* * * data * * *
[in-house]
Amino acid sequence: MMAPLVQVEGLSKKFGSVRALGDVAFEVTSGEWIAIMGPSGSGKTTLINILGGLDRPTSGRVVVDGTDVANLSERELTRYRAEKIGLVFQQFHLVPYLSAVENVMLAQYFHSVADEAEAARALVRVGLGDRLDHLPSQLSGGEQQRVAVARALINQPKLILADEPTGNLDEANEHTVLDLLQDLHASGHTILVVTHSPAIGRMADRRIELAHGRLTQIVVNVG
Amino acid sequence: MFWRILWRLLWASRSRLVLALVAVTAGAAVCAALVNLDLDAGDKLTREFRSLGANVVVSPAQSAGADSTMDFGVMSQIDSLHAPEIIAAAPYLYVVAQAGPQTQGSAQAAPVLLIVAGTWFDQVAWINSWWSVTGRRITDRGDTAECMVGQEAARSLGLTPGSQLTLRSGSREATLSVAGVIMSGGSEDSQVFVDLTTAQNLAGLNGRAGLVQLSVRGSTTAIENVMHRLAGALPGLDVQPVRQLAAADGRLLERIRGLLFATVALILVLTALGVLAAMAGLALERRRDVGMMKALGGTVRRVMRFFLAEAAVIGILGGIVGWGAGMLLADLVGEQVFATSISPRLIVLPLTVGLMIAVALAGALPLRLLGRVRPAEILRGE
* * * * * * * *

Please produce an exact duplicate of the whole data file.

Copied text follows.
[in-house]
Amino acid sequence: MMAPLVQVEGLSKKFGSVRALGDVAFEVTSGEWIAIMGPSGSGKTTLINILGGLDRPTSGRVVVDGTDVANLSERELTRYRAEKIGLVFQQFHLVPYLSAVENVMLAQYFHSVADEAEAARALVRVGLGDRLDHLPSQLSGGEQQRVAVARALINQPKLILADEPTGNLDEANEHTVLDLLQDLHASGHTILVVTHSPAIGRMADRRIELAHGRLTQIVVNVG
Amino acid sequence: MFWRILWRLLWASRSRLVLALVAVTAGAAVCAALVNLDLDAGDKLTREFRSLGANVVVSPAQSAGADSTMDFGVMSQIDSLHAPEIIAAAPYLYVVAQAGPQTQGSAQAAPVLLIVAGTWFDQVAWINSWWSVTGRRITDRGDTAECMVGQEAARSLGLTPGSQLTLRSGSREATLSVAGVIMSGGSEDSQVFVDLTTAQNLAGLNGRAGLVQLSVRGSTTAIENVMHRLAGALPGLDVQPVRQLAAADGRLLERIRGLLFATVALILVLTALGVLAAMAGLALERRRDVGMMKALGGTVRRVMRFFLAEAAVIGILGGIVGWGAGMLLADLVGEQVFATSISPRLIVLPLTVGLMIAVALAGALPLRLLGRVRPAEILRGE